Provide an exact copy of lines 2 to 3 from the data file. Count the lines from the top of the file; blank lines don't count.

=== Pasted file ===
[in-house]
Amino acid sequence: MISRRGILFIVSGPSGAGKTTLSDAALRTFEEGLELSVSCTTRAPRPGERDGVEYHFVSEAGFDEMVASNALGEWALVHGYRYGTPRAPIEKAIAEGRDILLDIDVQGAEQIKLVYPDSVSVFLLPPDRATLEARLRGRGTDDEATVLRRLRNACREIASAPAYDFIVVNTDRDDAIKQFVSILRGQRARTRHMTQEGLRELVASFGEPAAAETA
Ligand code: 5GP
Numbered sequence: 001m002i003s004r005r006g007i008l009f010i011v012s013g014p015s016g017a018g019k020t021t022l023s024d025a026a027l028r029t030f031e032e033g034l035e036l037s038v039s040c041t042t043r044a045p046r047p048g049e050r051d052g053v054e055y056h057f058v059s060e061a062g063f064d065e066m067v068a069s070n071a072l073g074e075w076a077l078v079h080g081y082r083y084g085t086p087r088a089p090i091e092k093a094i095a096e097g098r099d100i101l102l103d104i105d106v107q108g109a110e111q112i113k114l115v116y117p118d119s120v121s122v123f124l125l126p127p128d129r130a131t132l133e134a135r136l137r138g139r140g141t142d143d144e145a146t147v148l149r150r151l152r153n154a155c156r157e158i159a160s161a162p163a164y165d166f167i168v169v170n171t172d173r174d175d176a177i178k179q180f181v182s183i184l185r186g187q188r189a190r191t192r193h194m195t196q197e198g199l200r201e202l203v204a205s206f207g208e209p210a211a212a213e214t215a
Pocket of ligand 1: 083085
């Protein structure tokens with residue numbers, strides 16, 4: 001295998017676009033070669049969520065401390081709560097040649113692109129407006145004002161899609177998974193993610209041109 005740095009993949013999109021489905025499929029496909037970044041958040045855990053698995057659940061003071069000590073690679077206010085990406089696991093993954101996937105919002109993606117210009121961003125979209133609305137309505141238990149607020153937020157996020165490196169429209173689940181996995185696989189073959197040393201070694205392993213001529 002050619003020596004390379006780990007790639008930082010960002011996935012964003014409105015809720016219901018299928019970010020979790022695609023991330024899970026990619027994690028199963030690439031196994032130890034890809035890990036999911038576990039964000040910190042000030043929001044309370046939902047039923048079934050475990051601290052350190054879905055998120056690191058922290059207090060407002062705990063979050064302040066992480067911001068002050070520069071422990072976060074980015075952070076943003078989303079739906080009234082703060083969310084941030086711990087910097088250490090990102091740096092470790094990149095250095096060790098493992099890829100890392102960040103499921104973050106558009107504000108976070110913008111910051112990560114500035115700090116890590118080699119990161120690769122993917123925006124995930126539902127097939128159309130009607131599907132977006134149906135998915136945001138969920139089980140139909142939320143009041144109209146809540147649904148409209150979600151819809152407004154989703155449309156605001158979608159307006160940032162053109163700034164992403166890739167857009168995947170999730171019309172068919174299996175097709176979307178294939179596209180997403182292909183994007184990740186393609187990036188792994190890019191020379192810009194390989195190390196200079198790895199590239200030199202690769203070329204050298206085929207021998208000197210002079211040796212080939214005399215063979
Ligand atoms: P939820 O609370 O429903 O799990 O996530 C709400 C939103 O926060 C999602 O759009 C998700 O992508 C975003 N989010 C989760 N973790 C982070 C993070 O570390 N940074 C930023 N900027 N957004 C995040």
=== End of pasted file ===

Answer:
Amino acid sequence: MISRRGILFIVSGPSGAGKTTLSDAALRTFEEGLELSVSCTTRAPRPGERDGVEYHFVSEAGFDEMVASNALGEWALVHGYRYGTPRAPIEKAIAEGRDILLDIDVQGAEQIKLVYPDSVSVFLLPPDRATLEARLRGRGTDDEATVLRRLRNACREIASAPAYDFIVVNTDRDDAIKQFVSILRGQRARTRHMTQEGLRELVASFGEPAAAETA
Ligand code: 5GP